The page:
developed as early as the 1930s, but for some
years now has been ascribed to chemical
nanotechnology. One of the pioneers in this
field is the Leibniz Institute for New Materials
(INM) in Saarbrücken, Germany13.
Figure 4: Diagram of an "Easy-to-Clean" surface.
The sol can be applied to a great variety of
surfaces using traditional industrial processes
such as dip coating, spraying or spin-coating.
The resulting coatings are only a few nanometers
thin and transparent – an important
advantage over other traditional coating
materials such as Teflon®, which has a
dark colour because of its graphite content.
These coatings can consequently also be
used on, for example, glass. Sol-gel processes
are already used in the motor vehicle industry
to produce water-repellent coatings
for windscreens or exterior mirrors14. In industrial
manufacturing processes the coating
is burned into the surfaces at high temperatures,
thereby increasing their durability.
As a sol can also dry out at room temperature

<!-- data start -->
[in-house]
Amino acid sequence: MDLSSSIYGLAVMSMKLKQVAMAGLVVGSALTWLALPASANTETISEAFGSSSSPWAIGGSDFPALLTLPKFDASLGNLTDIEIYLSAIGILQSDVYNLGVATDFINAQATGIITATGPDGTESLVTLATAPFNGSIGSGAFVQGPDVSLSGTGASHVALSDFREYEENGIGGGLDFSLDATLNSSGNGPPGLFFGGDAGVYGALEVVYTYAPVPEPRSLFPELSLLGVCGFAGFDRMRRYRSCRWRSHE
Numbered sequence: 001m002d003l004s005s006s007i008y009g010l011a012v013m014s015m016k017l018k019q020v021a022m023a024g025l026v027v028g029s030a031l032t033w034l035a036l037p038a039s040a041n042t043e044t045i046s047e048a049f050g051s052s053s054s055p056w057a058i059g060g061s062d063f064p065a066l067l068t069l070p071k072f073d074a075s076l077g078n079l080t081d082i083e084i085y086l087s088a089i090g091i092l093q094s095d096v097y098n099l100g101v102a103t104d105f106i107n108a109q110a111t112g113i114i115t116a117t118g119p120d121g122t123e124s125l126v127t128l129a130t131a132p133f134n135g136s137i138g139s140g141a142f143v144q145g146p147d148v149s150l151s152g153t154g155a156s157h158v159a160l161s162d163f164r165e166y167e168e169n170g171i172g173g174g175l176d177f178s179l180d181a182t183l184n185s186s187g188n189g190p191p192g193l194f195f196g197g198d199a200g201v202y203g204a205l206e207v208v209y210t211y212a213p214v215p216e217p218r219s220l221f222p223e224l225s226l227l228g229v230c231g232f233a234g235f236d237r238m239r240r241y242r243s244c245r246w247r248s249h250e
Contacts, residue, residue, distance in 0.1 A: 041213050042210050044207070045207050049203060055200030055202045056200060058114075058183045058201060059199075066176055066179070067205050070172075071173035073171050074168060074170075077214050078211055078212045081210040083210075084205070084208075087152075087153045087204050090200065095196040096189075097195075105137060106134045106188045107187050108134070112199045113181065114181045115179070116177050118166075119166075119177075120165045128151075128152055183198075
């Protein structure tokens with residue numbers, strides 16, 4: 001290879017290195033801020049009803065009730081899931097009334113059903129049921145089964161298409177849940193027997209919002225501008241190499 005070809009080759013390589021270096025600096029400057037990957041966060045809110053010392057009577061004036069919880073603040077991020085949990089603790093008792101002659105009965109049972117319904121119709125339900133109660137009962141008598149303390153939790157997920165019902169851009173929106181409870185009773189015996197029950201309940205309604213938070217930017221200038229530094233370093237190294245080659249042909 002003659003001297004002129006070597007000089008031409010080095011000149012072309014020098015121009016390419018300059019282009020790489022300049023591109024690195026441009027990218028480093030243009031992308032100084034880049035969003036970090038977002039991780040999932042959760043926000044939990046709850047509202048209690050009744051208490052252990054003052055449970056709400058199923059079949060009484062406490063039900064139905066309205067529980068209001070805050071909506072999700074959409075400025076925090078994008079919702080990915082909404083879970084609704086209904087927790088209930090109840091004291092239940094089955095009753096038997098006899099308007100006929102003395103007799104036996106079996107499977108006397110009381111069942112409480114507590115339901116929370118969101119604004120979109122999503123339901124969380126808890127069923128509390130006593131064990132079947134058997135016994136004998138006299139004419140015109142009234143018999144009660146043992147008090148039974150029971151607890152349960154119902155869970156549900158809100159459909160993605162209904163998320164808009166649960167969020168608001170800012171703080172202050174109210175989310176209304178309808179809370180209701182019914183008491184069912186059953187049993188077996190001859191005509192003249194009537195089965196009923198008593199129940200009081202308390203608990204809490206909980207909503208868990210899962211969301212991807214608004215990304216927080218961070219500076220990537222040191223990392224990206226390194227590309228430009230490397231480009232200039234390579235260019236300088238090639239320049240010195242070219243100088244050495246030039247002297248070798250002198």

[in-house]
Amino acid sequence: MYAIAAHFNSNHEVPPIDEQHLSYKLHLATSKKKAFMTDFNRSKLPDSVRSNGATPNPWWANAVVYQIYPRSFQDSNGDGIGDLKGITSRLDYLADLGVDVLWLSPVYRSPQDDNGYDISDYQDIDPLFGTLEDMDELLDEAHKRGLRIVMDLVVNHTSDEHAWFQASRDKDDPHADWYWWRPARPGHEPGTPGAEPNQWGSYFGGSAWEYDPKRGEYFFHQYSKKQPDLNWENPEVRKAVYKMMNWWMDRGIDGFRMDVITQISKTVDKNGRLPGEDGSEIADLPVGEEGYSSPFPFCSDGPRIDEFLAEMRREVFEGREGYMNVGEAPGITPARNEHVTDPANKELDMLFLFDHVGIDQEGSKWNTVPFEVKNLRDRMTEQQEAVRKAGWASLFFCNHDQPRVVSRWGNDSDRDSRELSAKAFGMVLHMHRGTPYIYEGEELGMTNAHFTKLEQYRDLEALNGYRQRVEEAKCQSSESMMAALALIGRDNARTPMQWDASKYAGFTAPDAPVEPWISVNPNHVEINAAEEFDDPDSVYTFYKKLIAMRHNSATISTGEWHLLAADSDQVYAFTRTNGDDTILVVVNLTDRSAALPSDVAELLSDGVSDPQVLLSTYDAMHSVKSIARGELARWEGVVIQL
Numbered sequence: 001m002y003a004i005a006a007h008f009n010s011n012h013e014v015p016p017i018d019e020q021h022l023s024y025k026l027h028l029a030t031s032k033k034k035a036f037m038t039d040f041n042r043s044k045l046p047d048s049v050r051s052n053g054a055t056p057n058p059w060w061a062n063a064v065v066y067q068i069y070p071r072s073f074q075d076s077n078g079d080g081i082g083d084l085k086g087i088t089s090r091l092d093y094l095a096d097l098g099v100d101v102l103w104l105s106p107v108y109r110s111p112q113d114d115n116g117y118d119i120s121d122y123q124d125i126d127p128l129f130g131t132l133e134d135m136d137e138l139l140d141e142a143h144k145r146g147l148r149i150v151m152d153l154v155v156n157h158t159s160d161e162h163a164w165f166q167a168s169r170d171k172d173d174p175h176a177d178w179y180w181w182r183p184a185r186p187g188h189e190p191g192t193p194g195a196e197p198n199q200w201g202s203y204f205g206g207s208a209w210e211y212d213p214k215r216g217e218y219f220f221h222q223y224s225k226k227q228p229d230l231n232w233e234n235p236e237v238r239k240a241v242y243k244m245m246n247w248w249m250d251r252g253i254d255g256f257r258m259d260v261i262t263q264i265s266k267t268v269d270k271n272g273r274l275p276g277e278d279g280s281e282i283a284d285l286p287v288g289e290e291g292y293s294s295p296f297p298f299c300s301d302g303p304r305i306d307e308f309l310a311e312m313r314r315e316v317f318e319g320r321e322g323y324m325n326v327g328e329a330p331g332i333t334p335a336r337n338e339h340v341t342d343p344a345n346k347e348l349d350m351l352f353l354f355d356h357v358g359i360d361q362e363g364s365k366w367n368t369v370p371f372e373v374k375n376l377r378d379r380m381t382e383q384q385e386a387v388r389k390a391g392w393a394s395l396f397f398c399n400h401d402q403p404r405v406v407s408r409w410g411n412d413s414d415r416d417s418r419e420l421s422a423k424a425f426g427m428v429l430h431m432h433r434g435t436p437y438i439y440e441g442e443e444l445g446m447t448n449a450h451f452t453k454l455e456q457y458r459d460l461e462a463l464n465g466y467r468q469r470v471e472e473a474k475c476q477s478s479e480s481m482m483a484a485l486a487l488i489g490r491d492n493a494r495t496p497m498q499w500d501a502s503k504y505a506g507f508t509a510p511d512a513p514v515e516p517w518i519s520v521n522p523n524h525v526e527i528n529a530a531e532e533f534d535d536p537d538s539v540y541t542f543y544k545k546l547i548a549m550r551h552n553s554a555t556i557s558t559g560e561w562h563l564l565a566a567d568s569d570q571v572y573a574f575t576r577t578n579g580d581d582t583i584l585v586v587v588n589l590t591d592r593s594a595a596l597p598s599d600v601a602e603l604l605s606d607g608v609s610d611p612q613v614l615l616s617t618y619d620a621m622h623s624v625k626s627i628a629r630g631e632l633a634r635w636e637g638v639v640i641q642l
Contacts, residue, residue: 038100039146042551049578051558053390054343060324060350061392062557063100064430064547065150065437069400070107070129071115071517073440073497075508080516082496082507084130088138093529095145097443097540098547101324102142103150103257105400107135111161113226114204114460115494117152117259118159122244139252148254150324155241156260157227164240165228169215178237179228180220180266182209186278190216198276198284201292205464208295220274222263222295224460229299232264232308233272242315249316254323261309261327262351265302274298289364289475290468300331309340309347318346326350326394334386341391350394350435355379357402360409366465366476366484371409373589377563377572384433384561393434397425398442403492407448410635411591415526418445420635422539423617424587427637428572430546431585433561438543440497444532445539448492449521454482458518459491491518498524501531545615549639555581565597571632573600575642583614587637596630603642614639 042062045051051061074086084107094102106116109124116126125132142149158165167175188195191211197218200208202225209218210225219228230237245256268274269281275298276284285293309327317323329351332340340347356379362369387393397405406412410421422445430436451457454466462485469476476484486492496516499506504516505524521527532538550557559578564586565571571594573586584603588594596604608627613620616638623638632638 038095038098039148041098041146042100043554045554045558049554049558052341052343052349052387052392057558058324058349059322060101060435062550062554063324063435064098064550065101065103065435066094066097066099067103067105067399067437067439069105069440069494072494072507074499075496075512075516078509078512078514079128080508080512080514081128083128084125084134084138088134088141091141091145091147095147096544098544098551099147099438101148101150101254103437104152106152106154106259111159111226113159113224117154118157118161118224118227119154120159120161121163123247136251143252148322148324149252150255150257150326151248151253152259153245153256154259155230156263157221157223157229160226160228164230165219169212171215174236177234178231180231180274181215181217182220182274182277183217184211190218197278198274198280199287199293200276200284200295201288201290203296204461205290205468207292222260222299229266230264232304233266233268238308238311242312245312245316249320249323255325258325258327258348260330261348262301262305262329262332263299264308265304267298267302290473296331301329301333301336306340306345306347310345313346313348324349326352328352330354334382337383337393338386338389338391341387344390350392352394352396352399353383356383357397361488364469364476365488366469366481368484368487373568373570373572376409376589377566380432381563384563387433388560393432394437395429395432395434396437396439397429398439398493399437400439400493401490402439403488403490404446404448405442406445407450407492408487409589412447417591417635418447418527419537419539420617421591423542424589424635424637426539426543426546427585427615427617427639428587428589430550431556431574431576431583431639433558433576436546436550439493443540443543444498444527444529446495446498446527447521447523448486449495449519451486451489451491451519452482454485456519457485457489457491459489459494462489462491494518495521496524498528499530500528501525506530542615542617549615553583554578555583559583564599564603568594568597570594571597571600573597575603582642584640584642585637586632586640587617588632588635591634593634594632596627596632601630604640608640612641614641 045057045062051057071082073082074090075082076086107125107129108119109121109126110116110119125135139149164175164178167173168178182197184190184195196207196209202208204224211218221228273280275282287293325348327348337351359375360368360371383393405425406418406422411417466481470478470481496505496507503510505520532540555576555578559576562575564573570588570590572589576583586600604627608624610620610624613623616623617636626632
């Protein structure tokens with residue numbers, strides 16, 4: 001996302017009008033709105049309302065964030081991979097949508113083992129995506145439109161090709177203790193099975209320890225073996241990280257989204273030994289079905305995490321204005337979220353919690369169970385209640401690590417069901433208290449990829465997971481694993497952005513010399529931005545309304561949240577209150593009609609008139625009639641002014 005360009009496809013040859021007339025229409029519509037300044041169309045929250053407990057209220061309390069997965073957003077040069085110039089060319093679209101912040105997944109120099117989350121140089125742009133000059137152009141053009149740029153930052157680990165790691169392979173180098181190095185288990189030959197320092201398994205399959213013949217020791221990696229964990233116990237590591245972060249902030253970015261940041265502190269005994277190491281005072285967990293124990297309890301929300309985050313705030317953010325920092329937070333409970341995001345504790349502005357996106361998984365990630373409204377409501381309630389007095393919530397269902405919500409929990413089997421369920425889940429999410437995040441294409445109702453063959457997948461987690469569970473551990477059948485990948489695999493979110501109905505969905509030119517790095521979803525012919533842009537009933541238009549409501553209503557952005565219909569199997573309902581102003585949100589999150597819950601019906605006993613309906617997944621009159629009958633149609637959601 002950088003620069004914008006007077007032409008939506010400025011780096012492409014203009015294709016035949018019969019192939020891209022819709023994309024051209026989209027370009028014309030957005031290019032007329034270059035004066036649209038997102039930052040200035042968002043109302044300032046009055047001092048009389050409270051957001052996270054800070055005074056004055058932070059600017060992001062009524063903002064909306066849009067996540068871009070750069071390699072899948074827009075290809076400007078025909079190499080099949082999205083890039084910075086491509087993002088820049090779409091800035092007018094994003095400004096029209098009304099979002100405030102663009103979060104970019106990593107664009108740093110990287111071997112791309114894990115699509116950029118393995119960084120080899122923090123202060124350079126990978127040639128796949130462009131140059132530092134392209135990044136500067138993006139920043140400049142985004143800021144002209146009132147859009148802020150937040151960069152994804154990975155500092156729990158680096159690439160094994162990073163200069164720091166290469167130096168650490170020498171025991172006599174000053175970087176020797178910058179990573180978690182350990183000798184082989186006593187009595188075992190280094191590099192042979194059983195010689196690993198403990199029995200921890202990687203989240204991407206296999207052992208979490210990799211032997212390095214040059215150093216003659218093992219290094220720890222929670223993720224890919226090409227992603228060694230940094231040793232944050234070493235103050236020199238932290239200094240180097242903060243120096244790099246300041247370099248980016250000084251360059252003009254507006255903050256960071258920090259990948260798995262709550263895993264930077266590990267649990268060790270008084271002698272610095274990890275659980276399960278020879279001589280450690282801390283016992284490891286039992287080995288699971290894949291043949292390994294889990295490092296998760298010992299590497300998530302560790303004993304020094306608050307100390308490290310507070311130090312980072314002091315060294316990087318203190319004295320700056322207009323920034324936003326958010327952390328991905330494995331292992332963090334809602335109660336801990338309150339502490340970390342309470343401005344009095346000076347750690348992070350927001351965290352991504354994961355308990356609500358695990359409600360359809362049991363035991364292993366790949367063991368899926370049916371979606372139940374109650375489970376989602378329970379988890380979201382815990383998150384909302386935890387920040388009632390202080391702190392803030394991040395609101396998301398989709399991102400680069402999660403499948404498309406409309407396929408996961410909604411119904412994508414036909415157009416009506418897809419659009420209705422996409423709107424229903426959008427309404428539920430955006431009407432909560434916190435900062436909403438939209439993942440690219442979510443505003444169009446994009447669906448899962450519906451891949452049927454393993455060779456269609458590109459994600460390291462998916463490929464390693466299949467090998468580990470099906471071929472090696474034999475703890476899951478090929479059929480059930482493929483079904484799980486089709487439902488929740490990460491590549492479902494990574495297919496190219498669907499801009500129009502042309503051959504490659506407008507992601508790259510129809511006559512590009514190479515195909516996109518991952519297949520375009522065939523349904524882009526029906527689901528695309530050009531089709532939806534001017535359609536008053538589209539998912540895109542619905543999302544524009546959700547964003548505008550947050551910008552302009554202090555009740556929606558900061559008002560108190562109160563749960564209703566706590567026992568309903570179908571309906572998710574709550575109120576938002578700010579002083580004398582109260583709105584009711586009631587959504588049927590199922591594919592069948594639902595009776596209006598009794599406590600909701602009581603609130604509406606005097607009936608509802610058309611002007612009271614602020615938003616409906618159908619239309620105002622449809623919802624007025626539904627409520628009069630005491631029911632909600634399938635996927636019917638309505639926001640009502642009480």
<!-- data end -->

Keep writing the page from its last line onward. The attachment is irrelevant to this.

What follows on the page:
to form a firm layer, surfaces such
as window glass can also be treated postproduction
by the consumer or a commercial
service provider (e.g. cleaning companies).
A number of different liquids or sprays
for this purpose are commercially available.
These coatings however are not durable and
need to be renewed after a certain period
of time. Unfortunately, information regarding
the exact constituents of post-production
applications with "Easy-to-Clean" properties
which can be obtained in shops or via the
internet is scarce as the manufacturers often
claim the right of trade secrecy. It is therefore
usually impossible to establish whether